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RfV February 2013[edit]

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Ido. I think we have on the order of thousands of unciteable Ido words; someone needs to go on a purge. —Μετάknowledgediscuss/deeds 21:36, 23 February 2013 (UTC)

Anyone can purge; it seems a little obstructive to do that when you have no one who can cite.--Prosfilaes (talk) 00:54, 24 February 2013 (UTC)
Dunno what you mean by "no one who can cite". I agree that constructed languages should be subject to the same criteria as other languages; this needs to be used in an Ido text, not just 'if anyone were to use the word, this is what it would be'. Mglovesfun (talk) 19:01, 24 February 2013 (UTC)
I found an Ido listserv post that uses it, but I doubt I'll locate three durably archived uses. ~ Röbin Liönheart (talk) 19:52, 24 February 2013 (UTC)
Is it really three for Ido? How much durably archived Ido is there? We have the power to change it to one, remember. Mglovesfun (talk) 20:41, 24 February 2013 (UTC)
It already is one. All languages are considered LDLs unless they appear on the list of WDLs, which Ido doesn't. —Angr 20:54, 24 February 2013 (UTC)
Ido does appear on WT:WDL; line 8, "approved constructed languages."--Prosfilaes (talk) 22:06, 24 February 2013 (UTC)
Does that mean all conlangs that we accept here are considered WDLs? That seems to raise the bar unfairly high for them. I'd have thought Esperanto is the only well documented conlang. —Angr 22:17, 24 February 2013 (UTC)
Purges in languages that we know are easy; someone can actually look things up. If we don't have an editor fluent in or willing to work in the language, then you could get rid of a lot of citable vocabulary quickly. Ido is probably a hard language to cite, since it's on the WDL and its heyday was probably in the 1920s and 1930s, where Google doesn't display.--Prosfilaes (talk) 22:06, 24 February 2013 (UTC)
As the author of the "approved conlangs" clause, I'd like to explain myself. Conlangs that have been approved for the mainspace have only been ones with followings — that is, auxlangs. Most auxlangs work by creating more and more terms, enough to fill every gap, by adding prefixes and suffixes (Esperanto), regulated shifts from one phone to another (Afrihili), declining excessively (Volapük), or by compounding idiomatically (Toki Pona). Ido may be documented no more than an LDL, but because it has word-producing superpowers most LDLs don't have, and because it has followers who will add terms in it with dedication that most LDLs don't have, it is a danger in my mind. Sure, my logic has holes, but I just want to prevent an abuse of Wiktionary space. So, yes — I set the bar higher for conlangs, but I did it for a reason. —Μετάknowledgediscuss/deeds 00:07, 25 February 2013 (UTC)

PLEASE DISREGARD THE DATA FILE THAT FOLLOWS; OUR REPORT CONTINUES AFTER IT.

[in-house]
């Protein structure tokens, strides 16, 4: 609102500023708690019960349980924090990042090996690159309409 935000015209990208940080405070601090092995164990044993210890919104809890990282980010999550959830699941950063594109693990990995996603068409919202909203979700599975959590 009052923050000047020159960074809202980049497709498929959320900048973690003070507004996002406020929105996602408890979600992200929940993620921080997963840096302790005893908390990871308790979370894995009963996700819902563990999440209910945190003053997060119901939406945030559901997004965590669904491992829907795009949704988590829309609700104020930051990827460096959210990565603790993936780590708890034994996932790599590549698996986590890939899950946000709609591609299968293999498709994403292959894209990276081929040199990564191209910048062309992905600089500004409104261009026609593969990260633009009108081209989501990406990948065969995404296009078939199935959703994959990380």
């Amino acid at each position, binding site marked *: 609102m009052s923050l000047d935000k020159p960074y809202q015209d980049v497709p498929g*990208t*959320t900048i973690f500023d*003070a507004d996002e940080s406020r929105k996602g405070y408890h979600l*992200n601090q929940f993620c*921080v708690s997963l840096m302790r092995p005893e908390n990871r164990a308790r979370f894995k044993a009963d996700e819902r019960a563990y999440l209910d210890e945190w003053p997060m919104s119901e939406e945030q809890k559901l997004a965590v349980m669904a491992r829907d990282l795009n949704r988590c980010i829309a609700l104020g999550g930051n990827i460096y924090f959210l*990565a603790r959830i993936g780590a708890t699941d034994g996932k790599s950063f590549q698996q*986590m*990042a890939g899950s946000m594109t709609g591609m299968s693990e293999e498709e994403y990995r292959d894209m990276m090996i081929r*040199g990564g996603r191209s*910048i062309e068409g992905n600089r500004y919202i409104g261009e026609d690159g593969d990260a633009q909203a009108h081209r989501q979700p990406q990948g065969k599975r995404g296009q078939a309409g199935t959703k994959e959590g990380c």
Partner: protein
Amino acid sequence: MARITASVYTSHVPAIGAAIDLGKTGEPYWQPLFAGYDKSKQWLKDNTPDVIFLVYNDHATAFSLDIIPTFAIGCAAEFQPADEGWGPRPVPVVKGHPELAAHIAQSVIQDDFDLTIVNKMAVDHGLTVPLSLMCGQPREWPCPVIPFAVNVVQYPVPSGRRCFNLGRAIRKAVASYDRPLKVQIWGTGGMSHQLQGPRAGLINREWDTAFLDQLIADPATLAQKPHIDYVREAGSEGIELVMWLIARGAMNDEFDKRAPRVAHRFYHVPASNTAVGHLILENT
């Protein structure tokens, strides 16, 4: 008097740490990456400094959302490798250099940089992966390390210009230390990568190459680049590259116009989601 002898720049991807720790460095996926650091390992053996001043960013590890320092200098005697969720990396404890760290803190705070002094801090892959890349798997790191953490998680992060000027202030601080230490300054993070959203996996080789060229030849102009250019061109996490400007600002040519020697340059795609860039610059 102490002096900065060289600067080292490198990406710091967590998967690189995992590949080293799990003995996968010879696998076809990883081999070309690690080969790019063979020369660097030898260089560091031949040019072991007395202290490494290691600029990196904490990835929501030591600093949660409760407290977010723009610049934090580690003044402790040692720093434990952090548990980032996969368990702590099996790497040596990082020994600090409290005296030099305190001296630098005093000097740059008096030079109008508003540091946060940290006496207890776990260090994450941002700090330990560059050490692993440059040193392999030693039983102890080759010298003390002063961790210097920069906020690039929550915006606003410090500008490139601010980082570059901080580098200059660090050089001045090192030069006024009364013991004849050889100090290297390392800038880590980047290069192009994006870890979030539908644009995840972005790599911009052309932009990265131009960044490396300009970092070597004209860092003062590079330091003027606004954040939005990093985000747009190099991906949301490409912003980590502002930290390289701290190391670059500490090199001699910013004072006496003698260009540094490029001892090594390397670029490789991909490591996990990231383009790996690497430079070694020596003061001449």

Unfortunately, that policy has a side effect which makes it easy to impoverish Wiktionary of conlang equivalents of technical terms, like formal words for small bones rarely mentioned in everyday conversation. ~ Röbin Liönheart (talk) 03:18, 25 February 2013 (UTC)
It only deprives Wiktionary of terms that are used exceedingly rarely, or not at all, and are thus basically neologisms. It seems that zigomatala is a prime example of such a word. —Μετάknowledgediscuss/deeds 04:53, 27 February 2013 (UTC)
It seems no more neologistic to me than its (also unattested) English equivalent zygomatic. Just uncommon. ~ Röbin Liönheart (talk) 00:53, 3 March 2013 (UTC)
Since when is zygomatic unattested? It may not have citations added to the entry, but a Google Books search turns up lots of uses. I even remember it from a Physical Anthropology class I took a couple of decades ago. Chuck Entz (talk) 01:14, 3 March 2013 (UTC)
I meant unattested here, not unattestable. I fully expect it would pass RFV if anyone put us to the trouble of verifying it. ~ Röbin Liönheart (talk) 23:53, 5 March 2013 (UTC)
Failed. — Ungoliant (Falai) 21:16, 11 September 2013 (UTC)